DELICATE cluster! flag of teeming life!
    Covering all my lands! all my sea-shores lining! Flag of death! (how I watch'd you through the smoke of battle
  • 28.  
    AMONG the men and women, the multitude,
    I perceive one picking me out by secret and divine signs, Acknowledging none else--not parent, wife, husband, brother, child,
  • 29.  
    THOU reader throbbest life and pride and love the same as I,
    Therefore for thee the following chants.
  • 30.  
    O TAN-FACED prairie-boy!
    Before you came to camp, came many a welcome gift; Praises and presents came, and nourishing food--till at last, among
  • 31.  
    Vigil strange I kept on the field one night;
    When you my son and my comrade dropt at my side that day, One look I but gave which your dear eyes return'd with a look I shall never forget,
  • 32.  
    WHO includes diversity, and is Nature,
    Who is the amplitude of the earth, and the coarseness and sexuality of the earth, and the great charity of the earth, and the
  • 33.  
    TO The States, or any one of them, or any city of The States,
    Resist much, obey little; Once unquestioning obedience, once fully enslaved;
  • 34.  
    NOT the pilot has charged himself to bring his ship into port, though
    beaten back, and many times baffled; Not the path-finder, penetrating inland, weary and long,
  • 35.  
    HOW solemn, as one by one,
    As the ranks returning, all worn and sweaty--as the men file by where I stand;
  • 36.  
    O BOY of the West!
    To you many things to absorb, I teach, to help you become eleve of mine:
  • 37.  
    WHEN I peruse the conquer'd fame of heroes, and the victories of
    mighty generals, I do not envy the generals, Nor the President in his Presidency, nor the rich in his great house;
  • 38.  
    ON the beach, at night,
    Stands a child, with her father, Watching the east, the autumn sky.
  • 39.  
    ELEMENTAL drifts!
    How I wish I could impress others as you have just been impressing me!
  • 40.  
    UNFOLDED out of the folds of the woman, man comes unfolded, and is
    always to come unfolded; Unfolded only out of the superbest woman of the earth, is to come the
  • 41.  
    ONLY themselves understand themselves, and the like of themselves,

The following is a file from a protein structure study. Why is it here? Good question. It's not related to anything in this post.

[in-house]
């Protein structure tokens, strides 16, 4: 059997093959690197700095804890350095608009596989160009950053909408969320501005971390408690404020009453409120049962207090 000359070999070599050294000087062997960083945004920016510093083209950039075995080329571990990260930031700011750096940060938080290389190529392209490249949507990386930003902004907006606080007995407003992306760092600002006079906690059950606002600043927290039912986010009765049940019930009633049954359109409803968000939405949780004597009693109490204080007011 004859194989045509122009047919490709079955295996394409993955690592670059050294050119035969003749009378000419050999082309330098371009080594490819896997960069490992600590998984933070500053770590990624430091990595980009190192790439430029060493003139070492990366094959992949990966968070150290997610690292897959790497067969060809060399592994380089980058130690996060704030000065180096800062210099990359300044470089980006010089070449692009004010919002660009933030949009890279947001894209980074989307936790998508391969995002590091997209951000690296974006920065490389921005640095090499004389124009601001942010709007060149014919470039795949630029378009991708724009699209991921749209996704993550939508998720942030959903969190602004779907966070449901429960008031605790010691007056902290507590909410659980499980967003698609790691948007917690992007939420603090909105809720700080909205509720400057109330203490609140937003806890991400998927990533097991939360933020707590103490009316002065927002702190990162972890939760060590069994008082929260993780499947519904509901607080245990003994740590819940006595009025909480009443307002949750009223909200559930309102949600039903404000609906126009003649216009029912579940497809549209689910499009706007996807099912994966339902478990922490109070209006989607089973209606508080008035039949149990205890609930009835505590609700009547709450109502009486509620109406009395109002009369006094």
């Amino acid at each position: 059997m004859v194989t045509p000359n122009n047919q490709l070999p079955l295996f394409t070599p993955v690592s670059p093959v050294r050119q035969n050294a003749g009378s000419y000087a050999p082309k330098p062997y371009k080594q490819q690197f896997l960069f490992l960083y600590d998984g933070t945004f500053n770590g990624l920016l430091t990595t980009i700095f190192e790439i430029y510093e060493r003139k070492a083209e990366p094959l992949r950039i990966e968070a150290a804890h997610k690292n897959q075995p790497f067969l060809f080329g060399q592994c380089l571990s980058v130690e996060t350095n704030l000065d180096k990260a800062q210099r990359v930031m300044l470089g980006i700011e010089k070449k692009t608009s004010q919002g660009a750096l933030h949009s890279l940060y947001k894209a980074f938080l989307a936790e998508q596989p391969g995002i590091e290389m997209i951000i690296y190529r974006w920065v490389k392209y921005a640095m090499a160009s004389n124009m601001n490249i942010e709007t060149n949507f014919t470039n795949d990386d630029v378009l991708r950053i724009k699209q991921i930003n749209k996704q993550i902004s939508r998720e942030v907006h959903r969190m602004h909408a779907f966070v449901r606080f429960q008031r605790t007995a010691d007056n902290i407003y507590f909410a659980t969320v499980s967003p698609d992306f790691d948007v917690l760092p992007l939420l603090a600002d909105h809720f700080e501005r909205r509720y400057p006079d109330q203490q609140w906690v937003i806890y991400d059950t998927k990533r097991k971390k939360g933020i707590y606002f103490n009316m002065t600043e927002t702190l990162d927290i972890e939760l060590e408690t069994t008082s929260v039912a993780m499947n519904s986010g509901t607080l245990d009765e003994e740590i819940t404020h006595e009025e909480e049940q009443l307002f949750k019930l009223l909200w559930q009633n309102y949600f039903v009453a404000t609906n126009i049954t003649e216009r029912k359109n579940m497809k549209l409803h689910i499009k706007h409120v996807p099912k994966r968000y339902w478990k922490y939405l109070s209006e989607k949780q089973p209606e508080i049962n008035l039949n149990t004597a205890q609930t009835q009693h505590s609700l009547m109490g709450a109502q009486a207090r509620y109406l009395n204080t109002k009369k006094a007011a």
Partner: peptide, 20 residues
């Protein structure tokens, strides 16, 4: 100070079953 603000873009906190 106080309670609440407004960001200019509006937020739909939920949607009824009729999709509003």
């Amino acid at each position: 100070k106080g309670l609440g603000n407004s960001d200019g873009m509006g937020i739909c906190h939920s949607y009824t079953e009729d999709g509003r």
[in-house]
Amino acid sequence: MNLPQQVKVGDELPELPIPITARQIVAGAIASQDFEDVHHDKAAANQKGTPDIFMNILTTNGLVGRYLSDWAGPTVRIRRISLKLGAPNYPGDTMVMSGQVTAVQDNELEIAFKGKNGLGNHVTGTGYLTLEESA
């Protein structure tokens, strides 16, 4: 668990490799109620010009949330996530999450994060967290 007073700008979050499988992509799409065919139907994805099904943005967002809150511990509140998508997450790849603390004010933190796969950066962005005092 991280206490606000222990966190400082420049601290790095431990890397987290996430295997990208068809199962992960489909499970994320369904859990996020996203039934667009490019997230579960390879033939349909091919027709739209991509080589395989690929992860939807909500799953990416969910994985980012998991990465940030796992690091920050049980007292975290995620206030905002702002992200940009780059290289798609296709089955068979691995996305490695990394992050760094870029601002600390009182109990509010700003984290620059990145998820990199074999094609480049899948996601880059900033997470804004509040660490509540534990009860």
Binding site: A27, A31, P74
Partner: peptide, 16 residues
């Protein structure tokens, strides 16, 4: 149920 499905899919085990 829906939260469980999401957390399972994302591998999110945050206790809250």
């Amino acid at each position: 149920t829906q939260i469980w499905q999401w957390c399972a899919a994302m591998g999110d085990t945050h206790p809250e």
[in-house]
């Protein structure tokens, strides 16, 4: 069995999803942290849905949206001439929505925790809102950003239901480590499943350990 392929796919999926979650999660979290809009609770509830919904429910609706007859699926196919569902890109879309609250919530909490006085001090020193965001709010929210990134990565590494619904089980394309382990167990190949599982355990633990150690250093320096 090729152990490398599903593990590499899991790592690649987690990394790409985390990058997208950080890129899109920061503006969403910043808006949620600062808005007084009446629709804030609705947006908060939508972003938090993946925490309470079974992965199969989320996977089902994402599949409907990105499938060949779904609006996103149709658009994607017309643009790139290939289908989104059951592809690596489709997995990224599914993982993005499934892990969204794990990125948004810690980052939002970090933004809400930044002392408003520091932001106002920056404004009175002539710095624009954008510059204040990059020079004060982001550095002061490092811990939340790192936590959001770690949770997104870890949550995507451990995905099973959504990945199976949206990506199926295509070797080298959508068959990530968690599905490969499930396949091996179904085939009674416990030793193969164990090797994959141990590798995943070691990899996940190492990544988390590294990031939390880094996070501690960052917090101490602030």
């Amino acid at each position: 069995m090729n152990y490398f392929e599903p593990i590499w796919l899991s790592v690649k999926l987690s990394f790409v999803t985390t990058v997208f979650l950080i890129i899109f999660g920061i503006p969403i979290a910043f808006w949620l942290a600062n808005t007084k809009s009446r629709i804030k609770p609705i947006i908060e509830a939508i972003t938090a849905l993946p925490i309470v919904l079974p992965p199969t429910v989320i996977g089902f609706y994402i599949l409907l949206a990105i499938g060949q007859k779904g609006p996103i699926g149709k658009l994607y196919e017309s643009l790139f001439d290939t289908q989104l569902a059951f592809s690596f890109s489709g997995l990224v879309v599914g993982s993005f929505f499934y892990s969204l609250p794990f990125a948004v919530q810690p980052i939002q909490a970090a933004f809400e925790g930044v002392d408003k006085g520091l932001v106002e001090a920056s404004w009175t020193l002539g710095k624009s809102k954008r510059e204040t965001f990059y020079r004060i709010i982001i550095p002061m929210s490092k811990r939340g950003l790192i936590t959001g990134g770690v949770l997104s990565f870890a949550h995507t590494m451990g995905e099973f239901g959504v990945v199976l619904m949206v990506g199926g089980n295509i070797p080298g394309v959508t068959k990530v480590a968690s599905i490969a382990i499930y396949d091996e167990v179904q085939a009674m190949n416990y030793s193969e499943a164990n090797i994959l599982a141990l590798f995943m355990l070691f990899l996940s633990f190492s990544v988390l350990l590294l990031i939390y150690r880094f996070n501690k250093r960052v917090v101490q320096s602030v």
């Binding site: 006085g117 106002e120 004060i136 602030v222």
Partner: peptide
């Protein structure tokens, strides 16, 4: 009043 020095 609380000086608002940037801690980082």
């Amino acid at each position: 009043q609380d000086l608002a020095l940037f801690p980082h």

As Souls only understand Souls.
  • 42.  
    IN the new garden, in all the parts,
    In cities now, modern, I wander, Though the second or third result, or still further, primitive yet,
  • 43.  
    SOMETHING startles me where I thought I was safest;
    I withdraw from the still woods I loved; I will not go now on the pastures to walk;
  • 44.  
    AS TOILSOME I wander'd Virginia's woods,
    To the music of rustling leaves, kick'd by my feet, (for 'twas autumn,)
  • 45.  
    A NEWER garden of creation, no primal solitude,
    Dense, joyous, modern, populous millions, cities and farms, With iron interlaced, composite, tied, many in one,
  • 46.  
    WORD over all, beautiful as the sky!
    Beautiful that war, and all its deeds of carnage, must in time be utterly lost;
  • 47.  
    AS consequent from store of summer rains,
    Or wayward rivulets in autumn flowing, Or many a herb-lined brook's reticulations,
  • 48.  
    NATIVE moments! when you come upon me--Ah you are here now! Give me now
    libidinous joys only! Give me the drench of my passions! Give me life coarse and rank! To-day, I go consort with nature's darlings--to-night too;
  • 49.  
    WHAT weeping face is that looking from the window?
    Why does it stream those sorrowful tears? Is it for some burial place, vast and dry?
  • 50.  
    AFTER the Sea-Ship--after the whistling winds;
    After the white-gray sails, taut to their spars and ropes, Below, a myriad, myriad waves, hastening, lifting up their necks,
Total 372 poems written by Walt Whitman

Poem of the day

Charles Hamilton Sorley Poem
All The Hills And Vales Along
 by Charles Hamilton Sorley

All the hills and vales along
Earth is bursting into song,
And the singers are the chaps
Who are going to die perhaps.
O sing, marching men,
Till the valleys ring again.
Give your gladness to earth's keeping,
So be glad, when you are sleeping.

Read complete poem